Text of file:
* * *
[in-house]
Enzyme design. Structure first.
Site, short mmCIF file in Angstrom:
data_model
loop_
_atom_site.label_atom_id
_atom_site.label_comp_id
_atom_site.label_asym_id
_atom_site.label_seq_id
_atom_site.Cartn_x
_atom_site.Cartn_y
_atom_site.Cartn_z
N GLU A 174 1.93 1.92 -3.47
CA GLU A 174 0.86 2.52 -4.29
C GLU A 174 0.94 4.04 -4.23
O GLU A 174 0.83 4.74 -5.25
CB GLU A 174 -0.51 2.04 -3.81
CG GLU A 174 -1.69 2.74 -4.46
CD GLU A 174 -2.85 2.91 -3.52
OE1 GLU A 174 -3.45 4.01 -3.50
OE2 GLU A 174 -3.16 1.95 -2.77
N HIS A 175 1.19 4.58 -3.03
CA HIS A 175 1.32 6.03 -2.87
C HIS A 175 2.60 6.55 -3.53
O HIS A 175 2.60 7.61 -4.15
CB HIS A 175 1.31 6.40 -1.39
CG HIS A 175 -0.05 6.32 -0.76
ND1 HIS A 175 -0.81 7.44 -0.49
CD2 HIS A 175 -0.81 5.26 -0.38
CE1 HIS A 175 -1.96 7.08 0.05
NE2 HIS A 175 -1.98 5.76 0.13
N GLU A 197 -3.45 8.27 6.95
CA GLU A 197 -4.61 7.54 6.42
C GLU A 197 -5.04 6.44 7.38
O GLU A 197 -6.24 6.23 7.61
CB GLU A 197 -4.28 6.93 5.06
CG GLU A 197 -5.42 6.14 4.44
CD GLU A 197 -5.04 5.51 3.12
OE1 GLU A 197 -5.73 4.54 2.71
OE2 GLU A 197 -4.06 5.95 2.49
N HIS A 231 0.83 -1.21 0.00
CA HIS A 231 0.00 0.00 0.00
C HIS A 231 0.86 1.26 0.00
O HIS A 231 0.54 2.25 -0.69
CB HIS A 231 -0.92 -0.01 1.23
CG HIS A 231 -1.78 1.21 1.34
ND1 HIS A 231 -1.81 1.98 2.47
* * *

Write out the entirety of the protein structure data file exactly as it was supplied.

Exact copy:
[in-house]
Enzyme design. Structure first.
Site, short mmCIF file in Angstrom:
data_model
loop_
_atom_site.label_atom_id
_atom_site.label_comp_id
_atom_site.label_asym_id
_atom_site.label_seq_id
_atom_site.Cartn_x
_atom_site.Cartn_y
_atom_site.Cartn_z
N GLU A 174 1.93 1.92 -3.47
CA GLU A 174 0.86 2.52 -4.29
C GLU A 174 0.94 4.04 -4.23
O GLU A 174 0.83 4.74 -5.25
CB GLU A 174 -0.51 2.04 -3.81
CG GLU A 174 -1.69 2.74 -4.46
CD GLU A 174 -2.85 2.91 -3.52
OE1 GLU A 174 -3.45 4.01 -3.50
OE2 GLU A 174 -3.16 1.95 -2.77
N HIS A 175 1.19 4.58 -3.03
CA HIS A 175 1.32 6.03 -2.87
C HIS A 175 2.60 6.55 -3.53
O HIS A 175 2.60 7.61 -4.15
CB HIS A 175 1.31 6.40 -1.39
CG HIS A 175 -0.05 6.32 -0.76
ND1 HIS A 175 -0.81 7.44 -0.49
CD2 HIS A 175 -0.81 5.26 -0.38
CE1 HIS A 175 -1.96 7.08 0.05
NE2 HIS A 175 -1.98 5.76 0.13
N GLU A 197 -3.45 8.27 6.95
CA GLU A 197 -4.61 7.54 6.42
C GLU A 197 -5.04 6.44 7.38
O GLU A 197 -6.24 6.23 7.61
CB GLU A 197 -4.28 6.93 5.06
CG GLU A 197 -5.42 6.14 4.44
CD GLU A 197 -5.04 5.51 3.12
OE1 GLU A 197 -5.73 4.54 2.71
OE2 GLU A 197 -4.06 5.95 2.49
N HIS A 231 0.83 -1.21 0.00
CA HIS A 231 0.00 0.00 0.00
C HIS A 231 0.86 1.26 0.00
O HIS A 231 0.54 2.25 -0.69
CB HIS A 231 -0.92 -0.01 1.23
CG HIS A 231 -1.78 1.21 1.34
ND1 HIS A 231 -1.81 1.98 2.47